“One of my biggest fears is the fact that we beat them by 16 already,” Tolzda admitted. “They’re athletic and very talented. We know them and they know us. I have the utmost respect for the job that Nate does. He’s a graduate of East Liverpool and his teams are always well coached. It’s going to be a good battle and should be a good game to start the day.”

Conley isn’t going to let the fact that his team already lost to Meadowbrook fester, but he does take one major thing from the game.

“We have to figure out how to score the ball better than we did,” Conley said. “I know that game in December feels like seasons ago, but Scooter’s teams always have a way to control the tempo and make you play uncomfortable. They just don’t give up a lot of points.”

Before either team could shift its focus to the rematch, it had business in Tuesday’s semifinal to tend to. Meadowbrook, which is 16-3 on the season, easily took care of Harrison Central (70-43). East Liverpool, meanwhile, cruised past Martins Ferry, 80-41, in the other semifinal.

“We got out in transition early and, honestly, we played about as well as we could play in the first half (against Martins Ferry),” Conley said.

The Colts, who are the top seed in the upcoming Division II Eastern District, have played a challenging schedule. Two of its three losses came to Wheeling Park. They also posted wins — on back-to-back nights — over Dover and New Philadelphia late last month.

“We have some big-game experience,” Tolzda said. “Our schedule is solid and it makes us better. We were 2-2 at a juncture and the only game we’ve lost since that point was to Park, at our place.”

When Conley begins breaking down the Colts, he looks at senior Johnathan McCall, who averages 15.3 points a game.

He’s backed, in the scoring column by Davis Singleton, who checks in at 111 points and then Jake Singleton at 10.9 a night. However, Conley also has concerns with Colts post presence Addy Black, who averages 8.8 points, 8.9 rebounds and 2.9 blocks a contest.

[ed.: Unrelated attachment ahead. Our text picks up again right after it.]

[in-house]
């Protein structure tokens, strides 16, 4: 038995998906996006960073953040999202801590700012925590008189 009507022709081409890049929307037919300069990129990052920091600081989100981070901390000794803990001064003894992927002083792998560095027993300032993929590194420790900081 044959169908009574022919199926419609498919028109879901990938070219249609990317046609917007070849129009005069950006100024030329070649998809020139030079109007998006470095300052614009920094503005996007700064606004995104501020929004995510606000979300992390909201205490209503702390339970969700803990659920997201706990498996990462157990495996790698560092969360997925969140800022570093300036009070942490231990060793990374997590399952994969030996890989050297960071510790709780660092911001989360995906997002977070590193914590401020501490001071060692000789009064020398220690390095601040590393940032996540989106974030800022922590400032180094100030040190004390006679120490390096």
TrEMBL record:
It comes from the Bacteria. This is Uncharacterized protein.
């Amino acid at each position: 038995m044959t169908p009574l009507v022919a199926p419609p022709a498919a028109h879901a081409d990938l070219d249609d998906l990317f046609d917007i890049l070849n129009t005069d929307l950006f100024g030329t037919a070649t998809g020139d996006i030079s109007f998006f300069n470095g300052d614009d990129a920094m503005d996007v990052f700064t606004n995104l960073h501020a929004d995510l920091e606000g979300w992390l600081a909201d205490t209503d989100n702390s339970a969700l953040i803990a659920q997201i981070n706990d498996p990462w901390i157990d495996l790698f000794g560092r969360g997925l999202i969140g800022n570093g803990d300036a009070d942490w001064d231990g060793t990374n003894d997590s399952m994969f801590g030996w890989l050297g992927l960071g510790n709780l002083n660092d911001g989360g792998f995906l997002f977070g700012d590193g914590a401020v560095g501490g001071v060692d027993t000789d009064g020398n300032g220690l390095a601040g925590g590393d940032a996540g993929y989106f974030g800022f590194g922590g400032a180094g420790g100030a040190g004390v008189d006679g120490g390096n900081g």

“Addy Black can really make an impact on both ends of the floor with his size,” Conley said. “He blocks a lot of shots, but he changes a lot more shots. They’re a tough matchup because of how many spot-up shooters they have. They’re the number one seed in the district for a reason.”

Zach Rusnak, Jerome Todd and Boston Black are also contributors.

On the other side, the Potters are led by Tresean Jackson, who is scoring 23 points a game and has eclipsed the 1,200-point barrier for his career.

“It all starts with Jackson and we have a ton of respect for him,” Tolzda said. “He’s a great player, who is really the true heartbeat of their team. He’s not alone though. He has a lot of good players around him.”

In the Potters’ four losses, Jackson has battled foul trouble, which is something that Conley knows he must avoid this morning.

Along with Jackson, senior Brennan O’Hara has been a solid contributor for Liverpool at 13.5 points and five rebounds per contest.

Timmy Neal is the third member of the Potters’ double-figure scoring collection at 10.5 points a night. Senior Gannon Irvine and sophomore Zavea Green round out the starting lineup.

Nick Woodyard, who is headed to Fairmont State to play football, is the sixth man at 7 points a night. Levi George also sees quality minutes off the bench.